Save. Spend. Splurge.

Why is healthcare so expensive in the U.S.?

Here you go!

An American (John Green) with the facts about American healthcare versus global healthcare and it surprisingly comes down to negotiation……

A quick summary of the salient facts by John Green in the video:

  • Costs in taxes come to almost $7300 USD per person for healthcare, for not having any healthcare (irony!)
  • Other comparable countries are at around half that cost or less (e.g. Canada)
  • U.S. spends 18% of its GFP on healthcare costs versus comparable countries at 9% (Australia) yet go to fewer doctors!
  • Only about 28% of Americans get healthcare funded by the government, which includes Congress (politicians)
  • What kills it all is the cost: $124/month for Lipitor in the U.S. only costs $7/month in New Zealand
  • Americans pay a LOT more for healthcare but the differences are not noticeable and they are 33rd on the list for life expectancy (I reckon way past the other countries listed on the graphs above who pay less)
  • Higher healthcare costs attributed to malpractice suits only accounts for 2% of the cost of healthcare
  • Relative to the size of the U.S. economy: Americans spend about $75 billion more on higher salaries, $100 billion more on marketing and admin, and $90 billion more on medications because it simply costs more in the U.S. rather than it being due to taking more medication (quantity), and patient care is $500 billion more than other countries due to a lack of centralized negotiation with healthcare providers and medical manufacturers (except for Medicaid)


(which was of no surprise to me)

Americans pay more in healthcare because those being paid can get away with it and therefore, charge as much as they want because healthcare is an actual NEED.

(Click to embiggen images)



How much is spent per person on healthcare in each country US-Healthcare-Costs-compared-to-Global-Spending.png




  • NZ Muse

    Love John Green. His writing, and the youtube channel he and his brother is pretty amusing.

    I definitely do not understand the US. Taxes aren’t THAT much lower. That said, everything is definitely cheaper in North America (yes I’m including Canada in that) than it is in Oceania.

  • SarahN

    And this is where Australia is slowly slipping into being more and more like the US. This week our budget was announced, and the idea what we shall pay $7 to see a doctor, like a general practitioner. Previously, you could see certain doctors (called bulk billing doctors) for free. Private doctors could choose to charge a ‘gap’ between the amount per consult the govt gave them, and what they think it costs to provide the services.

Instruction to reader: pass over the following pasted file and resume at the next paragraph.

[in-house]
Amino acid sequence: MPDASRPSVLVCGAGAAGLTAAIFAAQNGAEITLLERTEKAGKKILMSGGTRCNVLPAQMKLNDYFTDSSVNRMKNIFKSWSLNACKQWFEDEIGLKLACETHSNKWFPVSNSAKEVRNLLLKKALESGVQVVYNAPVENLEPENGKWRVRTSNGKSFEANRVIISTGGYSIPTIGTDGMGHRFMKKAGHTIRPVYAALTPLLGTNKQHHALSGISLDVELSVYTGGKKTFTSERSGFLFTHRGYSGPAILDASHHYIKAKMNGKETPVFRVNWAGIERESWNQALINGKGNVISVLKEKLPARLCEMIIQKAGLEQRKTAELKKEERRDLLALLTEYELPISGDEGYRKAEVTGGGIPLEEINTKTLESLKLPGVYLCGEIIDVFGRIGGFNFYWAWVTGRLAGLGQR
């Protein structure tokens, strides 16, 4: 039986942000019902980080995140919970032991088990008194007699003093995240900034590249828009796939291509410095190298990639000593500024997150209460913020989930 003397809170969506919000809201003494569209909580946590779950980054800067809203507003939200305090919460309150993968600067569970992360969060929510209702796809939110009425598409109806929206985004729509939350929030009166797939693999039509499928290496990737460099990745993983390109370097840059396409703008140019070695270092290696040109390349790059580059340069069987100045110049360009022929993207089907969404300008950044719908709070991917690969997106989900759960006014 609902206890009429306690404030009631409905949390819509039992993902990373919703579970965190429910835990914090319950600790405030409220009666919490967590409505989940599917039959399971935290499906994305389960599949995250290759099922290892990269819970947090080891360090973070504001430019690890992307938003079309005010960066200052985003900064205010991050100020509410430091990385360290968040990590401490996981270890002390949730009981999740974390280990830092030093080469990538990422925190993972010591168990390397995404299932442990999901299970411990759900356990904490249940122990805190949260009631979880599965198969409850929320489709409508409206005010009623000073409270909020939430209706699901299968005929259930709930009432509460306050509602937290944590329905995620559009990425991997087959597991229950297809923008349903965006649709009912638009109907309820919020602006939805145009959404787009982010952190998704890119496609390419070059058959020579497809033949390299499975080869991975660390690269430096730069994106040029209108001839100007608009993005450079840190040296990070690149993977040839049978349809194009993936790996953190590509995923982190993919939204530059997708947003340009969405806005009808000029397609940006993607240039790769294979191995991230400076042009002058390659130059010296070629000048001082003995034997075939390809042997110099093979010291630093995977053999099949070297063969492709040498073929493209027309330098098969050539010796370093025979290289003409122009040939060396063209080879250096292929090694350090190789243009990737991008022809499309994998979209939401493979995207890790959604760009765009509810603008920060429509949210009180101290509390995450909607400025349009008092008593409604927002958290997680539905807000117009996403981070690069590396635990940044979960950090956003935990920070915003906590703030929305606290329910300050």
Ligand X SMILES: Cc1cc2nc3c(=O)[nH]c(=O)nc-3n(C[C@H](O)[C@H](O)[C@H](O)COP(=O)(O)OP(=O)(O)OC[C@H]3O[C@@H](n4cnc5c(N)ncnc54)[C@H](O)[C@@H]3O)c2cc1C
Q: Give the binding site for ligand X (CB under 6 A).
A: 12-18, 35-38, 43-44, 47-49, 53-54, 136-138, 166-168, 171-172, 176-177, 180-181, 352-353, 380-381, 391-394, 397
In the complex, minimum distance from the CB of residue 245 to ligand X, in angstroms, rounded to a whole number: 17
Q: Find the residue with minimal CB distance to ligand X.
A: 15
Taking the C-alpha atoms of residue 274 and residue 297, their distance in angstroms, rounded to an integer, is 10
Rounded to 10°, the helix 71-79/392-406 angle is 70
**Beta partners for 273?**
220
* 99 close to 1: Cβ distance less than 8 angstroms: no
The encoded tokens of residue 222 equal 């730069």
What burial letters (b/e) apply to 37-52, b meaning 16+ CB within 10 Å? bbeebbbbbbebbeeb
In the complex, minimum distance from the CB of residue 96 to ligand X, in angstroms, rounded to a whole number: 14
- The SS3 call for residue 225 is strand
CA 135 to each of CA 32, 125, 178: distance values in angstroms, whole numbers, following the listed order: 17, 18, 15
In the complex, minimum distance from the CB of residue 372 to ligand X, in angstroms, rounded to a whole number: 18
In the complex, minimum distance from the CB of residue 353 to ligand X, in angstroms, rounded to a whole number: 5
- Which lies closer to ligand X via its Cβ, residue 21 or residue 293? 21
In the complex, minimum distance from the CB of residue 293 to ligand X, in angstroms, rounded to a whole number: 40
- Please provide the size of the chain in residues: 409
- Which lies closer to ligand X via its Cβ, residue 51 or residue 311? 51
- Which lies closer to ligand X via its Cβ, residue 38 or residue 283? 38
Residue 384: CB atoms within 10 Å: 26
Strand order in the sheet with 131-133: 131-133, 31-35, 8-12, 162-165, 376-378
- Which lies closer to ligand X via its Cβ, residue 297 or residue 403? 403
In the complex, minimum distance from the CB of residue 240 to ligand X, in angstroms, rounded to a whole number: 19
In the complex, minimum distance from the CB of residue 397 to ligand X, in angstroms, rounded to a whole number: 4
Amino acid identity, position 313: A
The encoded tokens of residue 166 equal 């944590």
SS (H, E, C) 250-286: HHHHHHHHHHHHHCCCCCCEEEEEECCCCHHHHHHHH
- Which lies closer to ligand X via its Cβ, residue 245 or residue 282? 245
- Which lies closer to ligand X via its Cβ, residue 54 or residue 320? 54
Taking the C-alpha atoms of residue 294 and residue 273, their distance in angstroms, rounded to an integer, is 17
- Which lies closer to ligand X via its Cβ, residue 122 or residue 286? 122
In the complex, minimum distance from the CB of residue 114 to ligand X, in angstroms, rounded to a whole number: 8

It’s not the only change proposed by our Right wing govt, and there’s a lot of concern. I see education and health moving more and more to the right and like the US’s system, and I’m not at all happy about it. Then again, another reason to relocate permanently to France, which was the dream!

    • save. spend. splurge.

      Well in France BF did tell me that at one point (or perhaps even now) they made people pay a small nominal fee of about $10 or so JUST to deter people from going to the doctor for any little ailment. You’d only go to the doctor if you really felt like you were sick, and this apparently saved them a LOT of money because when going to the doctor is free, everyone turns into a hypochondriac.

      • SarahN

        @save. spend. splurge.: hahah well they do say the French are hypocondriacs, and by the number of green crosses for pharmacies you see, I can believe it!

        I don’ think a nominal fee is the problem, I do think it’s a start to a slippery slope where it’ll be 100% user pays. It’s hard to see the future.

        They also suggested a halt to the employer retirement contributions, they were due to rise to 12% in a few years time, now they are frozen at 9.5% until 2018 (ie the next govt’s term). Again, short sighted imo, they could have slowed the rise to 12% rather than freezing it.

        • save. spend. splurge.

          Oh yes, the French are definitely into health.

          I hope it just stays as a nominal fee rather than 100% payment. I doubt it will ever get to be 100%, people would riot.

  • Tania

    I was going to say the US is a very litigious society and I’m sure the cost of insurance has something to do with it but then there was that point about malpractice accounting for only 2% of it. I don’t know the answer but it’s definitely something I’d like to read more about. I do view the US as sicker created by our diet (compared to some European and Asian countries we don’t eat well). But I don’t know what the numbers actually say on that.

    • save. spend. splurge.

      I suspect that not eating well is definitely an issue. If you don’t eat well, you’re stressed, you don’t get enough sleep and you are tired all the time in need of an energy boost, sugar and/or medication (like sleeping aids) seems to be the quick-fix answer, which just perpetuates a neverending cycle of treating the symptoms and not the cause (e.g. good food and sleep).